|Improve Your Writing by Using
English learners face a common problem: their writing often lacks
clarity and cohesion.
That is according to Babi Kruchin and Alan Kennedy who teach at the
American Language Program at Columbia University.
They recommend that English learners use concept maps – images that show
how ideas are connected.
What is important is how you put it together
Let’s consider a comparison. In some ways, the writing process is like
Gathering the ingredients for a meal requires effort. But, understanding
how to put all the ingredients together is far more difficult.
Similarly, learning nouns, adjectives, and verbs can be hard to do. But,
putting them together into a meaningful story, email, or essay is what
Doing these things becomes even more difficult when you are writing in a
So, writing clear, cohesive paragraphs or essays, can be hard for
To overcome this problem, Kruchin and Kennedy recommend that students
make concept maps before writing.
Kennedy says concept maps show a writer when his
or her writing lacks clarity.
Kruchin adds that concept maps help visual learners – people who learn
better by seeing ideas.
What are concept maps?
Concept maps are tools for organizing ideas. They usually have three
parts: concepts, arrows, and linking phrases.
The concepts, which are the main ideas, are in circles or boxes. They
are often nouns or noun phrases.
Arrows show how concepts are connected.
Linking words or phrases go above the arrows and explain how the
concepts relate to one another.
Linking phrases are especially important. They are the groups of words
that show relationships between concepts.
Joseph Novak, the creator of concept mapping, says such linking phrases
give meaning to statements:
"If you say dog and food, those two concepts by themselves don't mean
anything. They don't make a statement about the world. But if you say "dogs
need food", then you begin to express an idea that's significant."
Novak adds that the linking words or phrases should be short. "You do
not want a story between two concepts," he says, "just the expression
that is needed to say, 'this concept is significantly related to another
Generally, the generic ideas are at the top of the concept map and the
specific ideas are at the bottom.
Kennedy explains what this looks like:
"So, for example, if you wanted to explain that trees provide wood, and
wood is used to make furniture, you could have a circle around the word
trees… and then you could have an arrow between the word wood and the
word furniture, which would also be in a circle, and on top of that
arrow it would say "is used to make""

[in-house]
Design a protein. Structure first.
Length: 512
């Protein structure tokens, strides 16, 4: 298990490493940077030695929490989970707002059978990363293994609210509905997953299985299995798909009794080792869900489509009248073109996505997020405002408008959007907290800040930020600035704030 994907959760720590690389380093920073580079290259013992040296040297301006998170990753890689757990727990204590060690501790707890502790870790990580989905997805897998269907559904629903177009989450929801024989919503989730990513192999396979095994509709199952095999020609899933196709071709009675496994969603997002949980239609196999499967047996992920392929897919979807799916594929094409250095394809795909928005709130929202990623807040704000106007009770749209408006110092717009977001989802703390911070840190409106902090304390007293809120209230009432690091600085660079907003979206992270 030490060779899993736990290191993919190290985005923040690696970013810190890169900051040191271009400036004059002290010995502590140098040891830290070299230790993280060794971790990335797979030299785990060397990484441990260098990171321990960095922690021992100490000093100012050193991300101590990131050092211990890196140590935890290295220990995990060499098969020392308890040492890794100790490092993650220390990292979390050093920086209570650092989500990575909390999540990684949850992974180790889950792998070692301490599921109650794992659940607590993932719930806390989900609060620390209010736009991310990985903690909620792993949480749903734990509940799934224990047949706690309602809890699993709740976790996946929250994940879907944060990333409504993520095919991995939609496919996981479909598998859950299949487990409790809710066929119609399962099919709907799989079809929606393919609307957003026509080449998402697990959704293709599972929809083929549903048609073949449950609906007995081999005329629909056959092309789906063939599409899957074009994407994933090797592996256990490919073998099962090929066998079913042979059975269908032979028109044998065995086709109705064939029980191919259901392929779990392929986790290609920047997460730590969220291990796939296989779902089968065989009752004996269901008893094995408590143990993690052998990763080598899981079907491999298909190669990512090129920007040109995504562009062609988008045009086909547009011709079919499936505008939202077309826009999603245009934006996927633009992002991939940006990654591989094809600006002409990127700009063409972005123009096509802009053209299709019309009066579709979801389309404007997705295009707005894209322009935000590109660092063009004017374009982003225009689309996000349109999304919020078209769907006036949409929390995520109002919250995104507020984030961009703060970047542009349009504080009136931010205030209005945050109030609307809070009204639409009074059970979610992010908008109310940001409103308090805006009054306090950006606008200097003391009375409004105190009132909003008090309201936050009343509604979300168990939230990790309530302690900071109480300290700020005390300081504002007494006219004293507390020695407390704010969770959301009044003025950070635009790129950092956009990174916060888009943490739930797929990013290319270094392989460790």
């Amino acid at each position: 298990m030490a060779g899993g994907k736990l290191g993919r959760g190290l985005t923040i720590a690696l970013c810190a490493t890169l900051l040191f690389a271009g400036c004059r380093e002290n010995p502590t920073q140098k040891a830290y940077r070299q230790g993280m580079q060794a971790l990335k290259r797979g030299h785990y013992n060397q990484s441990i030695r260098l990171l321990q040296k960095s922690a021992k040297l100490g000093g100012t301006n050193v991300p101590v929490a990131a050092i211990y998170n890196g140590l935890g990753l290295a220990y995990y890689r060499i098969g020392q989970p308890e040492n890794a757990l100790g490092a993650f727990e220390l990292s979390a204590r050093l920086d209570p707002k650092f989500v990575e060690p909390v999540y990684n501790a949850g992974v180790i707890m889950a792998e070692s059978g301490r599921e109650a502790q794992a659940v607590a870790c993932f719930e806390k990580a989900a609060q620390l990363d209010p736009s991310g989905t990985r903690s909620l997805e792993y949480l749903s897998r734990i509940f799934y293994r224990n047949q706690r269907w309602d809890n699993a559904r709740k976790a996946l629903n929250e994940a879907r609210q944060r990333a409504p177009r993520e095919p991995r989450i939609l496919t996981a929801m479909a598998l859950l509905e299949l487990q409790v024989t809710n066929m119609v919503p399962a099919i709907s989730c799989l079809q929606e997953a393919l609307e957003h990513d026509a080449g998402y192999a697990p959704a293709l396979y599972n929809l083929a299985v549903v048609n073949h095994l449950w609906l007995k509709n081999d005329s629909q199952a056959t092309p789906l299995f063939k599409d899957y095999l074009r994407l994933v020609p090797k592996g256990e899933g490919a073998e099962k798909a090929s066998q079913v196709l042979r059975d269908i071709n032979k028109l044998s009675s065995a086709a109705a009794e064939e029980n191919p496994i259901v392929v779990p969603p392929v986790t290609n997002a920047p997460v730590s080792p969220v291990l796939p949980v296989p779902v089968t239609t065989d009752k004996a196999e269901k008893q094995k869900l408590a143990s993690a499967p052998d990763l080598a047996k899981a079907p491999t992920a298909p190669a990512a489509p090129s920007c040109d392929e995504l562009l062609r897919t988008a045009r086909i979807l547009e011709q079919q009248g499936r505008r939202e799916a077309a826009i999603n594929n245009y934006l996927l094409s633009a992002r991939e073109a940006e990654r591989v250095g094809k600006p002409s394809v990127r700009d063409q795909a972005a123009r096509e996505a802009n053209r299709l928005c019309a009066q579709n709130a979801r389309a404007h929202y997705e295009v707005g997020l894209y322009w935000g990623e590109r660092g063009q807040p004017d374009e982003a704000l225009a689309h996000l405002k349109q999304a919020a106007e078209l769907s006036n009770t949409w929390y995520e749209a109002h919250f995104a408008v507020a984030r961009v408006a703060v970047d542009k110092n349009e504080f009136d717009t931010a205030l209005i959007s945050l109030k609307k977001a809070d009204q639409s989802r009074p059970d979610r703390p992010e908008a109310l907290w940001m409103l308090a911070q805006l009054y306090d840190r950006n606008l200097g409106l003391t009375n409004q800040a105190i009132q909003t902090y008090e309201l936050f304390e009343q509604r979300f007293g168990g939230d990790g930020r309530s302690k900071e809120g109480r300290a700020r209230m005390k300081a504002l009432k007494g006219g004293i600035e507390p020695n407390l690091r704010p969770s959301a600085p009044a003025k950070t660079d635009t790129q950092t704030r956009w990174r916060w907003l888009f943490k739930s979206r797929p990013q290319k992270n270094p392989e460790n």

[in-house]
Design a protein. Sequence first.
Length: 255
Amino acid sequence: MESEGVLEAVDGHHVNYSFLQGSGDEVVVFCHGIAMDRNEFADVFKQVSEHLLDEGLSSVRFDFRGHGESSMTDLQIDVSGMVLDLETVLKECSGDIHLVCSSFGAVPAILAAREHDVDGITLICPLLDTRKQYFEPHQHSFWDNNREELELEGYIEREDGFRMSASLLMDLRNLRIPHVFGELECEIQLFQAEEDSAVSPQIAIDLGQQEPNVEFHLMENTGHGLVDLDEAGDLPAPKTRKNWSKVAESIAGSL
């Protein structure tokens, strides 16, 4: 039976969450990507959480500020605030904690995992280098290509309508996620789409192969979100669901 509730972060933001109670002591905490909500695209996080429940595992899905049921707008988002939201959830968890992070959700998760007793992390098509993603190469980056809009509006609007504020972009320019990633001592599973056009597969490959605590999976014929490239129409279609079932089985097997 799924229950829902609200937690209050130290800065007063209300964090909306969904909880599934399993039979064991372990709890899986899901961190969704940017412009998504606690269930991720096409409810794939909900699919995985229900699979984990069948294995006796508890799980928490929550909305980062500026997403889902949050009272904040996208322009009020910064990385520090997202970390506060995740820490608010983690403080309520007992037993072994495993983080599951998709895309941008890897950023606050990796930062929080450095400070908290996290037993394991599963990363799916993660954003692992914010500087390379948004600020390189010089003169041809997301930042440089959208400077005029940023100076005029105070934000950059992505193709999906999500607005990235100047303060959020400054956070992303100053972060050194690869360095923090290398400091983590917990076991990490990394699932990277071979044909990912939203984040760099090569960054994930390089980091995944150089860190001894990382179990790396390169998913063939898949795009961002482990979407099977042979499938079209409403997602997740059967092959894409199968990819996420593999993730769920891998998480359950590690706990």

From this starting point, writers can expand concept maps to include
many concepts, arrows, and linking phrases.
Regardless of how simple or complex the map is, the most important point
is that every concept has at least one arrow attached to it, and that
every arrow has a linking word or linking phrase.
Building a concept map before writing an essay or email will make you
think about how your ideas relate to one another.
You will realize when you are not explaining the relationships between
ideas if you make a concept map that does not have arrows or linking
What can you do?
So, what can you do to start practicing concept maps?
You can start by reading and learning common linking words.
#1 Start by building a concept map of a paragraph
Kruchin recommends that English learners begin to use concept maps by
studying the writing of others.
Learning how good writers have connected and developed ideas is an
important starting point for learners who want to improve their own
Kruchin adds that English learners should begin with a small amount of
writing, such as a paragraph.
Kruchin suggests that English learners study the paragraph, or essay, by
looking for the following information:
"The author's main idea is this, because of A, B, and C and here is one
example to support A, one example to support B, one example to support
Doing this exercise, Kruchin adds, will give English learners
information about how they can show relationships between ideas in their
#2 Learn common words and phrases that connect ideas
Kennedy recommends that English learners master words and phrases that
show relationships between ideas. These linking phrases often show cause
and effect or tell about the order of events.
English learners, Kennedy explains, should practice using a few of these
phrases before moving to phrases that are more complex.
In particular, he recommends that English learners first use phrases
such as "leads to", "causes", "is a type of" and "requires", before
moving on to other phrases.
Read the article that goes with this story
Whether your goal is to write novels, poetry, or a message to a co-worker
or friend, being able to show a relationship between ideas is an
Concept mapping might seem complicated, but Kennedy and Kruchin wrote an
article that can help clarify their ideas. You can find the article on
this page in PDF format. Download the article, read it, then try
practicing with concept maps.
Let us know how concept maps work for you!